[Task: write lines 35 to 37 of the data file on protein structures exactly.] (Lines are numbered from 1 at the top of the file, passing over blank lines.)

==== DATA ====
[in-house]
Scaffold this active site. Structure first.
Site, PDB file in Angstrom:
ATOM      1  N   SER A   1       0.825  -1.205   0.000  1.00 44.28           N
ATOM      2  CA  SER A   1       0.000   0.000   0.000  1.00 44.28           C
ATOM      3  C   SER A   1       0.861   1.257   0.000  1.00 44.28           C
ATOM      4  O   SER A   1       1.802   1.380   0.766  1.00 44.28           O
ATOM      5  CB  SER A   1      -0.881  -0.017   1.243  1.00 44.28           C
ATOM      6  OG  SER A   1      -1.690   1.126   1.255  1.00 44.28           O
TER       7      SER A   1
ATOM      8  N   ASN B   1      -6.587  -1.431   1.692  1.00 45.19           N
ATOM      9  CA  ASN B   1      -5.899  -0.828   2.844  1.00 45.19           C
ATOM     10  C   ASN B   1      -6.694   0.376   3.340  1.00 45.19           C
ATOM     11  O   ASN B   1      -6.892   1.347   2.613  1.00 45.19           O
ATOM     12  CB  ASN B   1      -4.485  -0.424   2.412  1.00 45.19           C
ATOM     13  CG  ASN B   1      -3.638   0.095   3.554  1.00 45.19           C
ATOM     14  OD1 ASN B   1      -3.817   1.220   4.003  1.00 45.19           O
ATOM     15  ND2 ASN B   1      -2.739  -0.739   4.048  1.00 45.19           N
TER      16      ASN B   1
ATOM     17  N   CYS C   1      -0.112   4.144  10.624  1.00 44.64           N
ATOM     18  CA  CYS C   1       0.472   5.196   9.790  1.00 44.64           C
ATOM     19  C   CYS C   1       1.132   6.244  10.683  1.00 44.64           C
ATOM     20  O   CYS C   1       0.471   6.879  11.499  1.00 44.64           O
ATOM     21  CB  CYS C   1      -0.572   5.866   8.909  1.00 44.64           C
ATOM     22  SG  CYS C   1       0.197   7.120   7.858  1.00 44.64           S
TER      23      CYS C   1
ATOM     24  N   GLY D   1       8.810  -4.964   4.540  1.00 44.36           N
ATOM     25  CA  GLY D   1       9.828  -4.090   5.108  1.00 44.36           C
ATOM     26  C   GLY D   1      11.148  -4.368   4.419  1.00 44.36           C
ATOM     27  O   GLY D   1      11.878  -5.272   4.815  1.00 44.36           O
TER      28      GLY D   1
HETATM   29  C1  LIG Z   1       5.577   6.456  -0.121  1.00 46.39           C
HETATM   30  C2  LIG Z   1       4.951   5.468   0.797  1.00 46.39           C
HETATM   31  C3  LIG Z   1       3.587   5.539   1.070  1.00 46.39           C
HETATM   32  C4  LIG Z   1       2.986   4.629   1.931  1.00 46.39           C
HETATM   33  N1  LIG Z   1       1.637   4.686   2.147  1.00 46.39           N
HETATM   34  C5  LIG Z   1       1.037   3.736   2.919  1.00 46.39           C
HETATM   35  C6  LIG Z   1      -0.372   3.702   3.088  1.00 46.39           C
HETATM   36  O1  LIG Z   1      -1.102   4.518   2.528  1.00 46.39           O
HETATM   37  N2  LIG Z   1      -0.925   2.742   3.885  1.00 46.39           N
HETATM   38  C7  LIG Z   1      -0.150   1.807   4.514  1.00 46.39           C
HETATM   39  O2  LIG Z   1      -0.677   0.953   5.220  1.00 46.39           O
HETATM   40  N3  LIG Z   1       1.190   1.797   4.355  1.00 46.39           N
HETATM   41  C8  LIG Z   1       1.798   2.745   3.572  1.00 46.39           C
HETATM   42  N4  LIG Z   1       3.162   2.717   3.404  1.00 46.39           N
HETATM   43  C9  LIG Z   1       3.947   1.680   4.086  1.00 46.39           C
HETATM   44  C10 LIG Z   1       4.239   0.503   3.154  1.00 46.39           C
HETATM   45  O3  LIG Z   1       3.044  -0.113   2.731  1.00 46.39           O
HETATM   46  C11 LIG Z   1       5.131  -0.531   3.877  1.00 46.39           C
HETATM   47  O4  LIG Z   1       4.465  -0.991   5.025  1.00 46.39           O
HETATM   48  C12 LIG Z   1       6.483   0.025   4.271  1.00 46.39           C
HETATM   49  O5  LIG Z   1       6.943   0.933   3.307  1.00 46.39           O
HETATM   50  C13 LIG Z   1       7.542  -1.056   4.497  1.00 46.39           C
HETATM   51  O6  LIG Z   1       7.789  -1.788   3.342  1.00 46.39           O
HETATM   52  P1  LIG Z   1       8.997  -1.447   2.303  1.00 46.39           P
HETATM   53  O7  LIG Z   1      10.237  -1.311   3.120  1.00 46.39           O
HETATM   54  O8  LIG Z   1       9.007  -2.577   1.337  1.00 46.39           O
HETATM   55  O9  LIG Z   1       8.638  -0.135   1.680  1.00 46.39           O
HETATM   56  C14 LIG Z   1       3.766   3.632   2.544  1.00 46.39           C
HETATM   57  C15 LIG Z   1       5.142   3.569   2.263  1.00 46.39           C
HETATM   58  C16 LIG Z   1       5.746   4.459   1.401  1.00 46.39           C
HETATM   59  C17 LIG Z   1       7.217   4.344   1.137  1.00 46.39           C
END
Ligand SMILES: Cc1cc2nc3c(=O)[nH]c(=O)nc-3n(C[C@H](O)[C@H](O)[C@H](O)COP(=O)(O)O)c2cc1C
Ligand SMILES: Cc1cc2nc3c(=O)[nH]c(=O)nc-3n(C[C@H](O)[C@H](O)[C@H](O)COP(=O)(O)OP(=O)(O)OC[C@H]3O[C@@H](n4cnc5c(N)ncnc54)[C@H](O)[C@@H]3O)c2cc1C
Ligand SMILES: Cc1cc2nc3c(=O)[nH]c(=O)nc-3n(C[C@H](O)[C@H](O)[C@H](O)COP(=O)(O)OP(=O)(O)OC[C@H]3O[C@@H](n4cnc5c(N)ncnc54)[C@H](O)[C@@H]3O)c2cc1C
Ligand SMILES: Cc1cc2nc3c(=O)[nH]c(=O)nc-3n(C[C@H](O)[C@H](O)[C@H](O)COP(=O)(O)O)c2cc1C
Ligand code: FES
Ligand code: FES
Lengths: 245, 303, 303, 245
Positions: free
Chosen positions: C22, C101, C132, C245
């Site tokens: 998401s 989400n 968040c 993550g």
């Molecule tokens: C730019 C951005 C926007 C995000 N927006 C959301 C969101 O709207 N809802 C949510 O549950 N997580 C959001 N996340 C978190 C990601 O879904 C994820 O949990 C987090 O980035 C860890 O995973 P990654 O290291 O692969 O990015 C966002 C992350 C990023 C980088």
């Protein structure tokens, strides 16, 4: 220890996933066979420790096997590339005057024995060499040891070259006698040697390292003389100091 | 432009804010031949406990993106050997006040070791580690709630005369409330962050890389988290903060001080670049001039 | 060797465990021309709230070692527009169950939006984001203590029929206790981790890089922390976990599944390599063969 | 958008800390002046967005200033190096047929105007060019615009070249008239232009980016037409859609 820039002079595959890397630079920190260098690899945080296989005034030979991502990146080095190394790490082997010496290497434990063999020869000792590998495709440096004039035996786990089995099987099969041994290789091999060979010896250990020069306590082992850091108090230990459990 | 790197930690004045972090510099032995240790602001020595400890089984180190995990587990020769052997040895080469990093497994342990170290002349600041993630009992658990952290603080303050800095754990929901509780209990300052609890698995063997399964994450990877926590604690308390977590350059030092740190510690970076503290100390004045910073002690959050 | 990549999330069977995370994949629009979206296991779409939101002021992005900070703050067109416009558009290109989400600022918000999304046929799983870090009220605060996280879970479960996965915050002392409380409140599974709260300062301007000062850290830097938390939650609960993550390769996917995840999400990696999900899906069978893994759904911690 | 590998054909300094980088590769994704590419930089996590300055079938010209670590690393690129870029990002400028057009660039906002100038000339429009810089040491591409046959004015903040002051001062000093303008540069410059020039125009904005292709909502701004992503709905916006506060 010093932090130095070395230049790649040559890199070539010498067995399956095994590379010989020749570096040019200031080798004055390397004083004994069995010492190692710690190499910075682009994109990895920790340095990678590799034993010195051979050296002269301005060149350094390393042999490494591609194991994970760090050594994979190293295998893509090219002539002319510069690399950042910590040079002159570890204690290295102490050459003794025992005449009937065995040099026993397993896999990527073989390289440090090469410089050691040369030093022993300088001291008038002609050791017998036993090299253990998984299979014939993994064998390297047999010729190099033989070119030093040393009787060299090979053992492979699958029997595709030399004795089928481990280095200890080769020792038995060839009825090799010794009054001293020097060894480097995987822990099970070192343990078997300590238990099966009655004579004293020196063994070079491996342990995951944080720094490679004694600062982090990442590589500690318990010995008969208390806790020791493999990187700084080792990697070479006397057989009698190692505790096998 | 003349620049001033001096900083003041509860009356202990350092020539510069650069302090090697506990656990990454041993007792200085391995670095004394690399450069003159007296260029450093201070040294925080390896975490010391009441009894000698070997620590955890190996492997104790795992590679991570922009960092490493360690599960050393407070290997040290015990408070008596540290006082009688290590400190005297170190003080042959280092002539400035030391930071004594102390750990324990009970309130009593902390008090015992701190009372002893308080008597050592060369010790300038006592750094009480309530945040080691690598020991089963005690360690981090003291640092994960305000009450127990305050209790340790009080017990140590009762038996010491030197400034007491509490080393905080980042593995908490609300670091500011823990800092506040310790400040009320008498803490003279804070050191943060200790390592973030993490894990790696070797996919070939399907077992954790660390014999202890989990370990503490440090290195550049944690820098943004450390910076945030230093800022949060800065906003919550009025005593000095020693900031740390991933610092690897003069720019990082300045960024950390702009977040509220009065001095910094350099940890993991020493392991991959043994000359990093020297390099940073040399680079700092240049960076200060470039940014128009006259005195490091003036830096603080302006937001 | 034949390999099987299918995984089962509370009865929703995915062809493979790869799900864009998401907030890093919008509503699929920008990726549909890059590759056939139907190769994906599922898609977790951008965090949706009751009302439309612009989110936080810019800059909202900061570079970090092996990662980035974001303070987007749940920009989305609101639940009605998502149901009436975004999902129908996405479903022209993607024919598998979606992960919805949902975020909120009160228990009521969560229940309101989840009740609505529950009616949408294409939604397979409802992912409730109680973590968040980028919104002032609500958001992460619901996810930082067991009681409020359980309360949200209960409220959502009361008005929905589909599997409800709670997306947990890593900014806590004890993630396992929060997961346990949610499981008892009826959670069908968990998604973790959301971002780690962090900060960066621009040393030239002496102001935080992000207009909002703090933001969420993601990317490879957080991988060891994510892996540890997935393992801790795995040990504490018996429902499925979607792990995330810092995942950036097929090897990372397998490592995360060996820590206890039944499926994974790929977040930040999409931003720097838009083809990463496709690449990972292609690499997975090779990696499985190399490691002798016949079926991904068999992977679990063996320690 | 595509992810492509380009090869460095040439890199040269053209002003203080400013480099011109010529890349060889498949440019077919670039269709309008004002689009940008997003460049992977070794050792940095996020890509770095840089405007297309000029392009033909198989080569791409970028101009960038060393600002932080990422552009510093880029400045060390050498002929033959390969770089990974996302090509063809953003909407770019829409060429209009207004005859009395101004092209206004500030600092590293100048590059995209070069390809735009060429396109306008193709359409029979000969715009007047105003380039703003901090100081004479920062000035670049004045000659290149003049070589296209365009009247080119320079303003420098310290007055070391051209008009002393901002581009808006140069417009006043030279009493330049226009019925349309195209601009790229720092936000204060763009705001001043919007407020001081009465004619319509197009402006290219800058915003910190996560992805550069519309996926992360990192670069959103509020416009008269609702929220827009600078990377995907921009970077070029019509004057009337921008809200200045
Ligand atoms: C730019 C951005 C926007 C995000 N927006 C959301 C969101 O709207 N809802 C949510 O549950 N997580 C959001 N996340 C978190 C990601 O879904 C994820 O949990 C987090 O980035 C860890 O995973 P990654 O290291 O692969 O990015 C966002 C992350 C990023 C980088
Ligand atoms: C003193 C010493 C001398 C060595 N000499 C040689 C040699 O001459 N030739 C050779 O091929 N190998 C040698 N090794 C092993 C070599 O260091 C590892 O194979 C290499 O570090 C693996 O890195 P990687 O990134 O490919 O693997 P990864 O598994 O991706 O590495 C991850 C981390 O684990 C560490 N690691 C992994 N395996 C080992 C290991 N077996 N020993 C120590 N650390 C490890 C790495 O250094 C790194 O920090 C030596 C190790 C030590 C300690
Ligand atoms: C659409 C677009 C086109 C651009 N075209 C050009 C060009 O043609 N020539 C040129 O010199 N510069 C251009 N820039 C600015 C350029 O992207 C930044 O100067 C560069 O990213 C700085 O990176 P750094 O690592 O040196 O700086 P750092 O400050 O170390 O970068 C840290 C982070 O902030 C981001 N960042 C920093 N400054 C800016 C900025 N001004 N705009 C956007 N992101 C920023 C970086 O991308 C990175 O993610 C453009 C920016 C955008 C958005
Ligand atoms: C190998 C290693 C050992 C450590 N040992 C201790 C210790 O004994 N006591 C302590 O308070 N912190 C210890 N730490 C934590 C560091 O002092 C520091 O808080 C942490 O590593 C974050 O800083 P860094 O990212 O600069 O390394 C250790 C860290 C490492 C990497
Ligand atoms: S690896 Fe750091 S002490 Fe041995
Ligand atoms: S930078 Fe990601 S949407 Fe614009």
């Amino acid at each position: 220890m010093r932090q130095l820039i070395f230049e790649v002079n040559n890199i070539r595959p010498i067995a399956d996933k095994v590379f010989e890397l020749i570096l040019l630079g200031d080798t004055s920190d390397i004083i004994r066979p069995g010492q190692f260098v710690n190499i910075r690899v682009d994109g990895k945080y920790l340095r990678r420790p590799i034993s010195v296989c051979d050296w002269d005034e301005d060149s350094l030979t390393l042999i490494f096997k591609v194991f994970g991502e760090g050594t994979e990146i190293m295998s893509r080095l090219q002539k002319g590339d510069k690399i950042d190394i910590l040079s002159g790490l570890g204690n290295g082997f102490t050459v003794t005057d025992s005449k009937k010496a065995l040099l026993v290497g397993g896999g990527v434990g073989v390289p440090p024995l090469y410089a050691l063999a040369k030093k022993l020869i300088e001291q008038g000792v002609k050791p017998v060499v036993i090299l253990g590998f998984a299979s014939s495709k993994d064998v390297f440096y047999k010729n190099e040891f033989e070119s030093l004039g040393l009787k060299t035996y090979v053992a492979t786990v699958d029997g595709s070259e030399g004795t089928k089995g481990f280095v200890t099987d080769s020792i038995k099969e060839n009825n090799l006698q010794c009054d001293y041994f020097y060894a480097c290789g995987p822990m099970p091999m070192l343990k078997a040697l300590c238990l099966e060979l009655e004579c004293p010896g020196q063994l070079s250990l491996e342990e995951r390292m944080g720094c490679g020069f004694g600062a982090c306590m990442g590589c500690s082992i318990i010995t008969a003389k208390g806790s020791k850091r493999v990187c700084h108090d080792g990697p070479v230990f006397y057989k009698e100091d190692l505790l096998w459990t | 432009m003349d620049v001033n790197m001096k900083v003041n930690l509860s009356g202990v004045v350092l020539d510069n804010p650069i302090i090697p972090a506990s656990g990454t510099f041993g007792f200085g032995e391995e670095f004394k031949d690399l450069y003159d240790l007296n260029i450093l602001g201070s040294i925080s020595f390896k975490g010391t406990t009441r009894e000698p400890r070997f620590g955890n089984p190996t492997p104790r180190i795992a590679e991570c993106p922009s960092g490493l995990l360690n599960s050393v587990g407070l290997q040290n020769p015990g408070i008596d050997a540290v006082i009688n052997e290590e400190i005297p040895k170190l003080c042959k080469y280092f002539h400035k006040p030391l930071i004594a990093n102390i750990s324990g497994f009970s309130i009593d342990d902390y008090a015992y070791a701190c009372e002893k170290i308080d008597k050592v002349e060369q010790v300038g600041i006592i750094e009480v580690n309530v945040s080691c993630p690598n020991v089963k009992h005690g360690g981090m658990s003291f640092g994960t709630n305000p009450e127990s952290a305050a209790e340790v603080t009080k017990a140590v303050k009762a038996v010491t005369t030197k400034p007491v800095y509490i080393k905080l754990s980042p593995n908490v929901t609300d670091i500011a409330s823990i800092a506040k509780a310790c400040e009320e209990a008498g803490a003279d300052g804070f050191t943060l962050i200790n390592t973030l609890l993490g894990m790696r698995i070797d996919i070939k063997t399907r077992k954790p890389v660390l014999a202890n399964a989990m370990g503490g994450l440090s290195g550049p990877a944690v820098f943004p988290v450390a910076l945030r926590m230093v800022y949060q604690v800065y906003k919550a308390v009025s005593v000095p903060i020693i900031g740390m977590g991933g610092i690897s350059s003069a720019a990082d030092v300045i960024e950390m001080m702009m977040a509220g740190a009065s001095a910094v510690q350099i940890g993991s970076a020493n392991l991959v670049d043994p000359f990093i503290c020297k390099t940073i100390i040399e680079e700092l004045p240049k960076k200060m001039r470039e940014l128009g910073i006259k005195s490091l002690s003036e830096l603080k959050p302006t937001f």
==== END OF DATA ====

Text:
HETATM   32  C4  LIG Z   1       2.986   4.629   1.931  1.00 46.39           C
HETATM   33  N1  LIG Z   1       1.637   4.686   2.147  1.00 46.39           N
HETATM   34  C5  LIG Z   1       1.037   3.736   2.919  1.00 46.39           C